Jonathan Givony: Thereís something like 150 Australians in the NCAA right now, maybe more than that, Iím not sure. How come thatís become so much of an option for Australian players? Is there just a really strong recruiting process that goes on? Really strong ties between the high schools and AIS? Whatís going on behind the scenes there?

Andrew Bogut: I just think that a lot of people started doing it, and they were successful in doing it. They end up being successful straight away and go to the NBA, or they go to Europe. So I think that a lot of kids just really want to have more options. If they donít they either go to the NBA or they are looked into the Australian league or you are locked into going to Europe. So you have that much more options, I think a lot of kids see that now.

Jonathan Givony: Do you have any sleepers for us? Maybe some Australian players that we might not know about and should?

Andrew Bogut: I think that Daniel Kickert has a chance to go the NBA. He can shoot the ball really well. Aaron Bruce has a chance if he keeps working hard. Brad Newley you guys already know about. Steven Markovic has a chance if he keeps working hard too. So those are probably the four main guys that are young that have a chance to get over here.

Jonathan Givony: I see you mentioned that we know about Newly. Have you been following our coverage this year at all?

Andrew Bogut: Oh yeah, I used to go on DC quite a bit, but you guys changed now so I havenít been on the new one yet. I havenít been on the net for a while.

Jonathan Givony: Alright Andrew, I really appreciate your time. Best of luck with your workout on Monday and in the draft in general and weíll see you in the NBA I guess.

Andrew Bogut: OK cool man. Thanks, I appreciate it.
 


Feedback for this article may be sent to jonathan@draftexpress.com .

 

Toni Kukoc
Full Profile | Player Stats
Physicals
Height: 6' 10"
Weight: 192 lbs.
Birthday: 09/18/1968
45 Years Old
Teams:
High School:
Previous Team: , PRO
Drafted: Rnd 2, Pick #2 in 1990 Draft
by the Bulls
Positions:
Current: F,
NBA: F,
Possible: F
Quick Stats:
4.9 Pts, 2.3 Rebs, 2.1 Asts


Linas Kleiza
Full Profile | Player Stats
Physicals
Height: 6' 8"
Weight: 233 lbs.
Birthday: 01/05/1985
29 Years Old
Teams:
High School: Montrose Christian
Previous Team: Missouri , PRO
Drafted: Rnd 1, Pick #27 in 2005 Draft
by the Trailblazers
Positions:
Current: SF/PF,
NBA: SF,
Possible: SF/PF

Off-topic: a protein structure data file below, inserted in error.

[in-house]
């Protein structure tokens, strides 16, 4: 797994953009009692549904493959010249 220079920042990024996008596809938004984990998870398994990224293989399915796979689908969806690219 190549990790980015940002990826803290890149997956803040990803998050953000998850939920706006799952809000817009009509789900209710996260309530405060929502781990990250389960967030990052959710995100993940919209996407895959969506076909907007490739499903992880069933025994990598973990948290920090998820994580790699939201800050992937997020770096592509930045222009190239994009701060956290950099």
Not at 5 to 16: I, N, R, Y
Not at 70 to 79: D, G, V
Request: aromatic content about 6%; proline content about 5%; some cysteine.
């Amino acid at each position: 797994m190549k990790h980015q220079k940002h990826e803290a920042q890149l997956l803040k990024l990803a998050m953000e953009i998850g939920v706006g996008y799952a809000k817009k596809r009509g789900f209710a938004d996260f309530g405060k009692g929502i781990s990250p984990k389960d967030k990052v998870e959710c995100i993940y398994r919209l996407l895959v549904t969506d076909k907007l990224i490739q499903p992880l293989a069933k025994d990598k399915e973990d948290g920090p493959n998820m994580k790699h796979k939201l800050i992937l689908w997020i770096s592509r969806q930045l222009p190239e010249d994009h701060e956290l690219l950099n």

Quick Stats:
9.0 Pts, 4.0 Rebs, 2.0 Asts


Luc Longley
Full Profile | Player Stats
Physicals
Height: 7' 2"
Weight: 265 lbs.
Birthday: 01/19/1969
45 Years Old
Teams:
High School: Scotch College
Previous Team: , PRO
Drafted: Rnd 1, Pick #7 in 1991 Draft
by the Timberwolves
Positions:
Current: C,
NBA: C,
Possible: C
Quick Stats:
2.0 Pts, 2.6 Rebs, 0.3 Asts


Brad Newley
Full Profile | Player Stats
Physicals
Height: 6' 6"
Weight: 198 lbs.
Birthday: 02/18/1985
29 Years Old
Teams:
High School: Australian Institute of Sport
Previous Team: Townsville , PRO
Drafted: Rnd 2, Pick #24 in 2007 Draft
by the Magic
Positions:
Current: SG,
NBA: SG,
Possible:
Quick Stats:
11.2 Pts, 3.0 Rebs, 1.6 Asts


David Andersen
Full Profile | Player Stats
Physicals
Height: 6' 11"
Weight: 242 lbs.
Birthday: 06/23/1980
33 Years Old
Teams:
High School: Australian Institute of Sport
Previous Team: Siena , PRO
Drafted: Rnd 2, Pick #8 in 2002 Draft
by the Hawks
Positions:
Current: C,
NBA: C,
Possible: C
Quick Stats:
11.5 Pts, 4.2 Rebs, 1.5 Asts


Daniel Kickert
Full Profile | Player Stats
Physicals
Height: 6' 10"
Weight: 240 lbs.
Birthday: 05/29/1983
30 Years Old
Teams:
High School: Australian Institute of Sport
Previous Team: Saint Mary's , PRO
Drafted: Undrafted in Draft
Positions:
Current: PF,
NBA: SF/PF,
Possible: PF
Quick Stats:
6.7 Pts, 4.3 Rebs, 0.3 Asts


Aaron Bruce
Full Profile | Player Stats
Physicals
Height: 6' 3"
Weight: 190 lbs.
Birthday: 12/21/1984
29 Years Old
Teams:
High School: Horsham College
Previous Team: Baylor , PRO
Drafted: Undrafted in Draft
Positions:
Current: SG,
NBA: PG/SG,
Possible:
Quick Stats:
1.7 Pts, 1.3 Rebs, 3.0 Asts


Steven Markovic
Full Profile | Player Stats
Physicals
Height: 6' 3"
Weight: 200 lbs.
Birthday: 03/14/1985
29 Years Old
Teams:
High School: Australian Institute of Sport
Previous Team: West Sydney , PRO
Drafted: Undrafted in Draft
Positions:
Current: SG,
NBA: PG/SG,
Possible: SG
Quick Stats:
13.4 Pts, 1.9 Rebs, 4.6 Asts


© 2014 DraftExpress LLC All rights reserved.